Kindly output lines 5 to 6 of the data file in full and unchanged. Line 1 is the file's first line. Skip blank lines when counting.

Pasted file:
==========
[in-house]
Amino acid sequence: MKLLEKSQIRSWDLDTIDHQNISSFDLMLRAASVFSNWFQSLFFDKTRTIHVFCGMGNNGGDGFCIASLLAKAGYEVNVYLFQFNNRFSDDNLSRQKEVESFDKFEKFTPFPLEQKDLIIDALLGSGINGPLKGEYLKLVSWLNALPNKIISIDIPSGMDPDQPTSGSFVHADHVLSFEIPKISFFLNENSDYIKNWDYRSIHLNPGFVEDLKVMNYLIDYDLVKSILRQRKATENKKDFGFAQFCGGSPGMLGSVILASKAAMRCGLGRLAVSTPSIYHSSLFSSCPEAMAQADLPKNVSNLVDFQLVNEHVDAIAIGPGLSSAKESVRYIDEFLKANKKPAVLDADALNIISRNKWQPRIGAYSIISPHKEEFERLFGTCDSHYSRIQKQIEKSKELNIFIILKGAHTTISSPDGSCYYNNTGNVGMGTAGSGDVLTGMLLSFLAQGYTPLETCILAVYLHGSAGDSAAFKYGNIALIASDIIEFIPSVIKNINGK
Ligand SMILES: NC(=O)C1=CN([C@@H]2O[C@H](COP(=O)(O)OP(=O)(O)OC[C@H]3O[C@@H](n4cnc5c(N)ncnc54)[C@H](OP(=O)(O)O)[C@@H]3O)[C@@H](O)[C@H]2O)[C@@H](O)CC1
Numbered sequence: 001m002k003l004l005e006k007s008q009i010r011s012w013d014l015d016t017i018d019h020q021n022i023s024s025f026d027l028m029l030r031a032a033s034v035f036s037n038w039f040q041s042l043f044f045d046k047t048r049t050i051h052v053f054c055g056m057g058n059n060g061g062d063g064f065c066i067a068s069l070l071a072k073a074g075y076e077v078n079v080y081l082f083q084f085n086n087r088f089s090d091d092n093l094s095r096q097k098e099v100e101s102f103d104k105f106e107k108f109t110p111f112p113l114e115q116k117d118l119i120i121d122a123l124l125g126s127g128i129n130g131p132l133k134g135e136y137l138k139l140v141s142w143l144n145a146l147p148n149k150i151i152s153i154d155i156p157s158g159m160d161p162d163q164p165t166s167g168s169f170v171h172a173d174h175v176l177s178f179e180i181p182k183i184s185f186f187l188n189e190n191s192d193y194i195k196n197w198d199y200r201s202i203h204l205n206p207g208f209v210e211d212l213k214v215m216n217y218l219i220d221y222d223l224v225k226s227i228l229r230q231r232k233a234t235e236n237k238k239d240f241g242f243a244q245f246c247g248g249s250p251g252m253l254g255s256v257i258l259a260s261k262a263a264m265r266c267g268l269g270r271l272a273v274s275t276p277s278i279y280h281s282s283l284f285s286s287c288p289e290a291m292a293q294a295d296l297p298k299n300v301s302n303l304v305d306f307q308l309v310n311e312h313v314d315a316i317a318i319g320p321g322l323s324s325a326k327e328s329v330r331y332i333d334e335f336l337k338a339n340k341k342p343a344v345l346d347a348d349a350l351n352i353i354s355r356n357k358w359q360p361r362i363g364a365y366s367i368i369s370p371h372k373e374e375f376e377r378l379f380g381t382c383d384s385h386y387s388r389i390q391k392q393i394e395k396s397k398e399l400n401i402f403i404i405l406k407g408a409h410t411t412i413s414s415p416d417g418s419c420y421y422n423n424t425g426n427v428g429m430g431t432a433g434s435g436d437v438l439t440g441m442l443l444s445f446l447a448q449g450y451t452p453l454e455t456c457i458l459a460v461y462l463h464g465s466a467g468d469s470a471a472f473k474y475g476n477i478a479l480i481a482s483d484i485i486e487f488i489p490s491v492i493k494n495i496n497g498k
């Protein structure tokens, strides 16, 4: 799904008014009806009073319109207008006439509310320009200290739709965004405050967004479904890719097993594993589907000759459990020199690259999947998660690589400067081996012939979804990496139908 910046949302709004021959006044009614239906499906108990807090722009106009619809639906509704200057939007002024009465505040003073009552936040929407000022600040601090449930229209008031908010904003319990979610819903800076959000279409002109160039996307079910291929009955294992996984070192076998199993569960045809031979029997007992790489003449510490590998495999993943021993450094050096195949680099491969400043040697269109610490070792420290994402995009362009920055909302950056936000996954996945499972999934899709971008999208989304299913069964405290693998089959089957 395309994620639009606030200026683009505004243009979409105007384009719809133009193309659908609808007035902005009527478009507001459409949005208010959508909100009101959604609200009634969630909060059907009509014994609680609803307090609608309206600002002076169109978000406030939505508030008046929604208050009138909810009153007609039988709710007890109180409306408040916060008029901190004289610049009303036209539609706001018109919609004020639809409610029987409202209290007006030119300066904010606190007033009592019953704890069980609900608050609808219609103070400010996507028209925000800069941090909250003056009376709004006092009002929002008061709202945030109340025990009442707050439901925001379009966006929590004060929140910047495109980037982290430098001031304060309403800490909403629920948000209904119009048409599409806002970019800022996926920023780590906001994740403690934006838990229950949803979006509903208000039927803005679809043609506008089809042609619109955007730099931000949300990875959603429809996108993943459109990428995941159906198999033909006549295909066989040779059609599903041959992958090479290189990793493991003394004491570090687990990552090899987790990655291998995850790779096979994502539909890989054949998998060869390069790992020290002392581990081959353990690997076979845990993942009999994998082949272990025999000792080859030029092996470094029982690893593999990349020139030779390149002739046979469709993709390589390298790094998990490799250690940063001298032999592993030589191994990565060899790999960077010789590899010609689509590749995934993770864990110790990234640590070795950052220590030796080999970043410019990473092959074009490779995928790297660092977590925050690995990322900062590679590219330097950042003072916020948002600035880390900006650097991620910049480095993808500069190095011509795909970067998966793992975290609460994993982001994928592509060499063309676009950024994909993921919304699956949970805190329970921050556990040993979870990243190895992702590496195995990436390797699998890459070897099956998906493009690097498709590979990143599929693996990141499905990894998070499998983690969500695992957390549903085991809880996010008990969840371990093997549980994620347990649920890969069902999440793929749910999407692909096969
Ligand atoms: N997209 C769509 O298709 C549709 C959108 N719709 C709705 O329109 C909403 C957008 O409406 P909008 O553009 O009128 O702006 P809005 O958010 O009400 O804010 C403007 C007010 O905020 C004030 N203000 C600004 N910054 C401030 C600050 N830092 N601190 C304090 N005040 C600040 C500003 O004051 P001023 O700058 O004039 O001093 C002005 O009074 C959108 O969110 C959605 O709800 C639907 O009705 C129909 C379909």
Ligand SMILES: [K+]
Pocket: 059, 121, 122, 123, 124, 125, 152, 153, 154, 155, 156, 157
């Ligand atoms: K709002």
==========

């Protein structure tokens, strides 16, 4: 799904008014009806009073319109207008006439509310320009200290739709965004405050967004479904890719097993594993589907000759459990020199690259999947998660690589400067081996012939979804990496139908 910046949302709004021959006044009614239906499906108990807090722009106009619809639906509704200057939007002024009465505040003073009552936040929407000022600040601090449930229209008031908010904003319990979610819903800076959000279409002109160039996307079910291929009955294992996984070192076998199993569960045809031979029997007992790489003449510490590998495999993943021993450094050096195949680099491969400043040697269109610490070792420290994402995009362009920055909302950056936000996954996945499972999934899709971008999208989304299913069964405290693998089959089957 395309994620639009606030200026683009505004243009979409105007384009719809133009193309659908609808007035902005009527478009507001459409949005208010959508909100009101959604609200009634969630909060059907009509014994609680609803307090609608309206600002002076169109978000406030939505508030008046929604208050009138909810009153007609039988709710007890109180409306408040916060008029901190004289610049009303036209539609706001018109919609004020639809409610029987409202209290007006030119300066904010606190007033009592019953704890069980609900608050609808219609103070400010996507028209925000800069941090909250003056009376709004006092009002929002008061709202945030109340025990009442707050439901925001379009966006929590004060929140910047495109980037982290430098001031304060309403800490909403629920948000209904119009048409599409806002970019800022996926920023780590906001994740403690934006838990229950949803979006509903208000039927803005679809043609506008089809042609619109955007730099931000949300990875959603429809996108993943459109990428995941159906198999033909006549295909066989040779059609599903041959992958090479290189990793493991003394004491570090687990990552090899987790990655291998995850790779096979994502539909890989054949998998060869390069790992020290002392581990081959353990690997076979845990993942009999994998082949272990025999000792080859030029092996470094029982690893593999990349020139030779390149002739046979469709993709390589390298790094998990490799250690940063001298032999592993030589191994990565060899790999960077010789590899010609689509590749995934993770864990110790990234640590070795950052220590030796080999970043410019990473092959074009490779995928790297660092977590925050690995990322900062590679590219330097950042003072916020948002600035880390900006650097991620910049480095993808500069190095011509795909970067998966793992975290609460994993982001994928592509060499063309676009950024994909993921919304699956949970805190329970921050556990040993979870990243190895992702590496195995990436390797699998890459070897099956998906493009690097498709590979990143599929693996990141499905990894998070499998983690969500695992957390549903085991809880996010008990969840371990093997549980994620347990649920890969069902999440793929749910999407692909096969
Ligand atoms: N997209 C769509 O298709 C549709 C959108 N719709 C709705 O329109 C909403 C957008 O409406 P909008 O553009 O009128 O702006 P809005 O958010 O009400 O804010 C403007 C007010 O905020 C004030 N203000 C600004 N910054 C401030 C600050 N830092 N601190 C304090 N005040 C600040 C500003 O004051 P001023 O700058 O004039 O001093 C002005 O009074 C959108 O969110 C959605 O709800 C639907 O009705 C129909 C379909």